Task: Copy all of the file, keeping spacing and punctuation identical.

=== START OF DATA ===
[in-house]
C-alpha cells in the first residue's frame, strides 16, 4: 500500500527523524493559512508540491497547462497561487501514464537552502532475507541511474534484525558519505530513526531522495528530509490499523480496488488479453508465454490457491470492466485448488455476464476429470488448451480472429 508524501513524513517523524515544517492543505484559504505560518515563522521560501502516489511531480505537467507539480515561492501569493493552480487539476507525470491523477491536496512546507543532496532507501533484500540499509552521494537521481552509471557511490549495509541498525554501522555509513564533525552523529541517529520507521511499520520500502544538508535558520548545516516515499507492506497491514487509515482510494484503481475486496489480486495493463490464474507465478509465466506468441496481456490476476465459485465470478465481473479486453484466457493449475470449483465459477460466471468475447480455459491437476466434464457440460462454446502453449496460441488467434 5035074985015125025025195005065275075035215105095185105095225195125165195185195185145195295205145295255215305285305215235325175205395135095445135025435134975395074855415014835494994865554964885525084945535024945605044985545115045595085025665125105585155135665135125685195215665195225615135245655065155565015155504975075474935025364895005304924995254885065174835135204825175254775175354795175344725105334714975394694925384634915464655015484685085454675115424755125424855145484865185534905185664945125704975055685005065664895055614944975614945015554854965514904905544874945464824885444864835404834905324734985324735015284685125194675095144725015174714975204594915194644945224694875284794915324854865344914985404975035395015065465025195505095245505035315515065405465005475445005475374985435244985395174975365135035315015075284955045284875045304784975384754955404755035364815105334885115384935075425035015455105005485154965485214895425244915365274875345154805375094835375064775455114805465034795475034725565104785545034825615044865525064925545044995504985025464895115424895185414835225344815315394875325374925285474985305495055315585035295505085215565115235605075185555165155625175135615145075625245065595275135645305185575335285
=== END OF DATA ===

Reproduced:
[in-house]
C-alpha cells in the first residue's frame, strides 16, 4: 500500500527523524493559512508540491497547462497561487501514464537552502532475507541511474534484525558519505530513526531522495528530509490499523480496488488479453508465454490457491470492466485448488455476464476429470488448451480472429 508524501513524513517523524515544517492543505484559504505560518515563522521560501502516489511531480505537467507539480515561492501569493493552480487539476507525470491523477491536496512546507543532496532507501533484500540499509552521494537521481552509471557511490549495509541498525554501522555509513564533525552523529541517529520507521511499520520500502544538508535558520548545516516515499507492506497491514487509515482510494484503481475486496489480486495493463490464474507465478509465466506468441496481456490476476465459485465470478465481473479486453484466457493449475470449483465459477460466471468475447480455459491437476466434464457440460462454446502453449496460441488467434 5035074985015125025025195005065275075035215105095185105095225195125165195185195185145195295205145295255215305285305215235325175205395135095445135025435134975395074855415014835494994865554964885525084945535024945605044985545115045595085025665125105585155135665135125685195215665195225615135245655065155565015155504975075474935025364895005304924995254885065174835135204825175254775175354795175344725105334714975394694925384634915464655015484685085454675115424755125424855145484865185534905185664945125704975055685005065664895055614944975614945015554854965514904905544874945464824885444864835404834905324734985324735015284685125194675095144725015174714975204594915194644945224694875284794915324854865344914985404975035395015065465025195505095245505035315515065405465005475445005475374985435244985395174975365135035315015075284955045284875045304784975384754955404755035364815105334885115384935075425035015455105005485154965485214895425244915365274875345154805375094835375064775455114805465034795475034725565104785545034825615044865525064925545044995504985025464895115424895185414835225344815315394875325374925285474985305495055315585035295505085215565115235605075185555165155625175135615145075625245065595275135645305185575335285